In an earlier post I went through a derivation of the Jukes Cantor model (based on a Poisson distribution of mutation events) and got the following type of relationship.
where is the fraction of divergent sites between two DNA sequences and is the time the sequences diverged from a common ancestor in units of where is the number of generations and is the per generation per nucleotide mutation rate.
This can be rearranged to
to convert an observed difference between two sequences into a corrected estimate of the divergence between two species.
However, this is only a point estimate and cannot handle cases where the fraction of sites that differ happen to be above 75% (this is possible by chance but becomes a log of a negative number and undefined).
We can rewrite this in a different way, as a binomial probability, and evaluate the probability of a data set over a range of divergence and place intervals around our point estimate.
As above, the probability that two nucleotides are different is
Assuming each nucleotide is independent in a comparison of two sequences we can multiply by the number of sites that are different, .
On the other hand two nucleotides can be in the same state if no mutations occurred, which is a probability of (this comes from the Poisson distribution the model is based on, look back at the earlier post if this isn't clear) or mutations could have occurred along the lineages but they happened to end up as the same nucleotide (an "invisible" mutation). This second outcome has a probability of
Combined the probability that we see sites that are the same in two sequences descended from a common ancestor is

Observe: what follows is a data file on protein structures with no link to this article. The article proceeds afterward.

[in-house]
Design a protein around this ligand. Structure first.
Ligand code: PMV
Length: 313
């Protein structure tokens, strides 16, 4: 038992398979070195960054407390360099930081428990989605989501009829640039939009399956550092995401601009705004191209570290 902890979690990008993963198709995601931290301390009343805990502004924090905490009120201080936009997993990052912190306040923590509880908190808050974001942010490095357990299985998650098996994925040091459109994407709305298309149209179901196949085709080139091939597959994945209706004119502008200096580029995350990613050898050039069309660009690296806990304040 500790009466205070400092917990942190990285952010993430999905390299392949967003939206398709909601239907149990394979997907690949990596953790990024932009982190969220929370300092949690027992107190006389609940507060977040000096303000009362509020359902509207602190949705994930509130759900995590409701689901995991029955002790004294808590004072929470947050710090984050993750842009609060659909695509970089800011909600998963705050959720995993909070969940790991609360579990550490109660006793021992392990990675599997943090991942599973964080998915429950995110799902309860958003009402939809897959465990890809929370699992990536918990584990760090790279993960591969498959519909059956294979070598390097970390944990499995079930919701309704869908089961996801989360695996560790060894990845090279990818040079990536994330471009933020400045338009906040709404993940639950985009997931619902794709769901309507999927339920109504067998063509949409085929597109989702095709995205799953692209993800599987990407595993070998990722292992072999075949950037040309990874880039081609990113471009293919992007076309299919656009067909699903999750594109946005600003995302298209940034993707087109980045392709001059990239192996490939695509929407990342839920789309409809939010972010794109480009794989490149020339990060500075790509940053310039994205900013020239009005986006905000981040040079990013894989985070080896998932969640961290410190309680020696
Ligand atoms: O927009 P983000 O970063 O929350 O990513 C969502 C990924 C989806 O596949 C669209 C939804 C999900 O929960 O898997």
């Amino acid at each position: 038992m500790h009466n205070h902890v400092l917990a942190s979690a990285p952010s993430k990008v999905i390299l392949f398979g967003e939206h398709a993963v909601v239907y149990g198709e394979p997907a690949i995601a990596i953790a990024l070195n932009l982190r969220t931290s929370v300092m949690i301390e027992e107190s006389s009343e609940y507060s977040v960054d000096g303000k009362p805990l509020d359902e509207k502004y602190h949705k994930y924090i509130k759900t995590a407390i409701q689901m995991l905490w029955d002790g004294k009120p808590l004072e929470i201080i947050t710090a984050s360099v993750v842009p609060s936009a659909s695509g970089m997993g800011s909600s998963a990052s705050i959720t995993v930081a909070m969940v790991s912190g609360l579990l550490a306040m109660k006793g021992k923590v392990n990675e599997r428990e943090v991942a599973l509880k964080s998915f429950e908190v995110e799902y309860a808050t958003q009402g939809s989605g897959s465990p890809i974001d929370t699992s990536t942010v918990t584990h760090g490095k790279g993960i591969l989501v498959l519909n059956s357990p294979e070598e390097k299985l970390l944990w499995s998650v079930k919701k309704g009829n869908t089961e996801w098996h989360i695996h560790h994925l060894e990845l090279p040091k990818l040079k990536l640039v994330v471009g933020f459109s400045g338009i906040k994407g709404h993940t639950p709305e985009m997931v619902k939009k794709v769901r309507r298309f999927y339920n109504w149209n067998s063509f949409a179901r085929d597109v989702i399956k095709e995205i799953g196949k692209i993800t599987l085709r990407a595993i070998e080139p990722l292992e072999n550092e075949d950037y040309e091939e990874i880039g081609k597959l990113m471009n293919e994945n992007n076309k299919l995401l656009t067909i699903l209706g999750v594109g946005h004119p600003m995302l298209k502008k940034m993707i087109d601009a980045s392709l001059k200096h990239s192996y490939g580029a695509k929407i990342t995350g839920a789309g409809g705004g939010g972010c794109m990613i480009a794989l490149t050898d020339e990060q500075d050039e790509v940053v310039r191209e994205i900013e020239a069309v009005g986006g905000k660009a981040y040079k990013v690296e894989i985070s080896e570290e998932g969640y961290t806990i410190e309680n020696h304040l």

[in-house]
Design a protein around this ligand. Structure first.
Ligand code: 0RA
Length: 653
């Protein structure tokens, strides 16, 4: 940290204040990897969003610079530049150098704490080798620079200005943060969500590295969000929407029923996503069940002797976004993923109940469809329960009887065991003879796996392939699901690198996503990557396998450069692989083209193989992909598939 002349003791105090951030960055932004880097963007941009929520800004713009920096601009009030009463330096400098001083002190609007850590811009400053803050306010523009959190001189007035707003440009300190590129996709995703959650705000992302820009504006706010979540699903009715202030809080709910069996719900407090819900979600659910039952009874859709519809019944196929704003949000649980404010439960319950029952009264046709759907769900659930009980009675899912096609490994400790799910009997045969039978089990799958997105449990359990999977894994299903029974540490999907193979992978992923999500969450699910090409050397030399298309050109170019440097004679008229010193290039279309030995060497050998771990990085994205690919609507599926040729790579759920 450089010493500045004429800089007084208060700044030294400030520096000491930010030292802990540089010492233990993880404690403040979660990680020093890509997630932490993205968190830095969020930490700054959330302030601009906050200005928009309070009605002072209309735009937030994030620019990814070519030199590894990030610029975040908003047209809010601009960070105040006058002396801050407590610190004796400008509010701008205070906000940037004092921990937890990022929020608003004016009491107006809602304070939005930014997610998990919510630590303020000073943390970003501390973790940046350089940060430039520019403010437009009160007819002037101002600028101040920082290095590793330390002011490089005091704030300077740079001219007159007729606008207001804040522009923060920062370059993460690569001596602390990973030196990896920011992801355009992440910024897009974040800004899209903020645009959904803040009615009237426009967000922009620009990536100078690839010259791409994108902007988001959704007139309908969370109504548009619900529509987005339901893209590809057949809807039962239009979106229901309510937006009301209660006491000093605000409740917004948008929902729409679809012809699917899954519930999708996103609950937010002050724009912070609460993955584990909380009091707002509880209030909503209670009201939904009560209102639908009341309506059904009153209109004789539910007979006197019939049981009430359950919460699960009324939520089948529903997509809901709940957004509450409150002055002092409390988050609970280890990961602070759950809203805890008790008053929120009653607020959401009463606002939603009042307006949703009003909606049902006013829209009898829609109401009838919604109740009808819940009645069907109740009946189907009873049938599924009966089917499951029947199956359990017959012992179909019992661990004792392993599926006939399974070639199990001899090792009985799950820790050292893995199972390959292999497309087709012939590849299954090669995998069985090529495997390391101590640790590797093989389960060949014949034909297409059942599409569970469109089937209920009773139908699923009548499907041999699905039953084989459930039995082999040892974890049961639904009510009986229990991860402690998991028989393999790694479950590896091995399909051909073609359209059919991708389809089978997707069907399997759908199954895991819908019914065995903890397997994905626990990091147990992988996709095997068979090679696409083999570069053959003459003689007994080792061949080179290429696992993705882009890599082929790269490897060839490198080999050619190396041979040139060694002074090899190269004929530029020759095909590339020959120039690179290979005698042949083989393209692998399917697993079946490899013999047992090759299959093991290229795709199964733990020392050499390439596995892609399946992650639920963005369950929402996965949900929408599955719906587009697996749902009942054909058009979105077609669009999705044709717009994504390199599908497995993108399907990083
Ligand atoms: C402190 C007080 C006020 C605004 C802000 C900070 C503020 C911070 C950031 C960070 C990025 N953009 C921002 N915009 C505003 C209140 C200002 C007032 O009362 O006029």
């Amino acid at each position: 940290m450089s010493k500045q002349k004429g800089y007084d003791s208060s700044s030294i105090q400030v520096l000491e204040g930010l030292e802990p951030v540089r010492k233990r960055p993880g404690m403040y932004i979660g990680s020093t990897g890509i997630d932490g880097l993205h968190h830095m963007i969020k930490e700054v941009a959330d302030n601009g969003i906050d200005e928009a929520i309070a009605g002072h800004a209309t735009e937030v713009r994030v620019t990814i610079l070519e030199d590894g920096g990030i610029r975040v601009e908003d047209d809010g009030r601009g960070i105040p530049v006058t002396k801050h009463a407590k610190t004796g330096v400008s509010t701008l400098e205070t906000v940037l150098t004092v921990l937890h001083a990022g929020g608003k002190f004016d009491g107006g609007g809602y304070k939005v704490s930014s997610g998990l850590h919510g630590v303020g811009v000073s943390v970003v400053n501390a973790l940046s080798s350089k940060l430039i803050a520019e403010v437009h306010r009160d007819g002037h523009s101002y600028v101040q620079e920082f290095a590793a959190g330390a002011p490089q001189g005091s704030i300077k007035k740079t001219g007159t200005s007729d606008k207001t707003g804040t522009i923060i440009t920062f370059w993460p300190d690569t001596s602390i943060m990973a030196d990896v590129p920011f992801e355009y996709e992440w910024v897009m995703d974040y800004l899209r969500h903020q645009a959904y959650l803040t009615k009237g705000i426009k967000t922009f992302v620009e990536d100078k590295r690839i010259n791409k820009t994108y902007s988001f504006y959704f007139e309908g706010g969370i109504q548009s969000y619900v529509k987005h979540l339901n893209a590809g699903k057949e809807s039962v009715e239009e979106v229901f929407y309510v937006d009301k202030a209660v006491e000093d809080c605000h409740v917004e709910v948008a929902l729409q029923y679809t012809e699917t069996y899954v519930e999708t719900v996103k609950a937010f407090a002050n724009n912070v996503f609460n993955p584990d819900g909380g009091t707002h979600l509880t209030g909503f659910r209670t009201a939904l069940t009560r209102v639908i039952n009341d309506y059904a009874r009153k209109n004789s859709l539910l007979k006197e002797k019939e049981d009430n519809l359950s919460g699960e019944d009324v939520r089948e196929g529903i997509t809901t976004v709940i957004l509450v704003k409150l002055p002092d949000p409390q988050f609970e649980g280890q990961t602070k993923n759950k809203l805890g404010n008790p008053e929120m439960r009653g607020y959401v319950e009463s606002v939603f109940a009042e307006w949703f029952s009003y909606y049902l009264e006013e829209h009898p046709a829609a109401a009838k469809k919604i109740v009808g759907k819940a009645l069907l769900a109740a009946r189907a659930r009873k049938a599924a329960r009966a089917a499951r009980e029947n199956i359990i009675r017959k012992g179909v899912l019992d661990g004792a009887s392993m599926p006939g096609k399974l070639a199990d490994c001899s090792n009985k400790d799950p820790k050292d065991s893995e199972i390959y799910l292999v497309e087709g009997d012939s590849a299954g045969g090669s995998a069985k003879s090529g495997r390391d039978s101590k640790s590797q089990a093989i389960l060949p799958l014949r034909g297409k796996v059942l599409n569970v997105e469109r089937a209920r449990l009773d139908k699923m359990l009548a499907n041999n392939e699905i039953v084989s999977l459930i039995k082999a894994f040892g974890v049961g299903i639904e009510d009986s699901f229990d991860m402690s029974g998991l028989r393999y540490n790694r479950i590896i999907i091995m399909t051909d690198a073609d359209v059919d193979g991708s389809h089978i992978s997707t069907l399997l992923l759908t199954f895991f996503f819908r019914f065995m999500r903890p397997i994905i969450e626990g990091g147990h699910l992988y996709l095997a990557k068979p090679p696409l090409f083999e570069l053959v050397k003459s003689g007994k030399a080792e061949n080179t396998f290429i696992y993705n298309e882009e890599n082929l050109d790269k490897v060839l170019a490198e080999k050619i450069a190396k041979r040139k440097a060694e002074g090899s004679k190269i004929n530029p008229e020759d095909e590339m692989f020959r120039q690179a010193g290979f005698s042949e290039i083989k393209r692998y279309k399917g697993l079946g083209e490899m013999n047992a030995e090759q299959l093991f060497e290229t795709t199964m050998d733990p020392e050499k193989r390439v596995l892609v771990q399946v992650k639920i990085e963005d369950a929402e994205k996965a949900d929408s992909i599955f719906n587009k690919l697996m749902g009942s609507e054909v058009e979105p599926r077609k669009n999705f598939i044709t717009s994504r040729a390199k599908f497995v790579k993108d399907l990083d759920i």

Since there are only two possibilities, the sites are the same or different, and the probability of all possible outcomes must be 100% we can rewrite this in a slightly simpler way.
Then multiply everything together to get the probability of the data including sites that differ and sites that are the same.
There is also a binomial coefficient that should be multiplied to get the exact probability (because there are different ways to get the same data: the first and second site can be different, or the first and third, or the second and fifth, etc.). However, for a given data set this is a constant and we're going to drop it for the moment.
Say we align two sequences of ten base pairs from the same gene in two different species.
grasshopper: AGCTACAACT cricket: AGATACGACT
The sequence differs at two sites. We could rewrite the comparison as a 1 if the base is the same and a 0 if they are different.
Making a plot of the two parts of the equation we can see that the probability that two sites are the same goes down as the time of divergence increases and the probability that they are different increases.
Importantly, there is a middle ground that can best accommodate both signals from the data, the differences and the similarities, near but lower than the crossover point. Combining these together we get the curve of probability of all the data with a peak just above 0.1.
This can be integrated to find upper and/or lower confidence intervals (which is messy and uses the hypergeometric function); however, it is clear from looking at the curve that a wide range of values are hard to rule out with a data set this small.
If the data set were larger we can narrow down the confidence interval.
So, how does this compare to the point estimate we get from the traditional Jukes-Cantor distance? A difference of 0.2 (two sites out of 10) can be plugged in for ,
and gives .
When we take the derivative of
set it equal to zero and solve for we get
Plugging in and gives , exactly the same as with the other method. The original Jukes-Cantor method is a maximum likelihood point estimate (the parameter value of the model that maximizes the likelihood of the data). You can also see it is equivalent in other ways. The in the denominator makes the log evaluate a negative number if the fraction of sites that vary are greater than 3/4 of the total, which is undefined. (Thinking about this intuitively it is most consistent with positive infinity; however, I suspect the curve gets infinitely flat and almost any large number is essentially just as likely.) However, we can still work with the probabilities which allows us to rule out small values of as in the example below where the sites that differ are 80% of the total.
* This is only true for real solutions. The more general solution is
where is an element of the integers. This is fun because it combines a base log with and , but this isn't really relevant to the discussion (time of divergence doesn't rotate into a second dimension).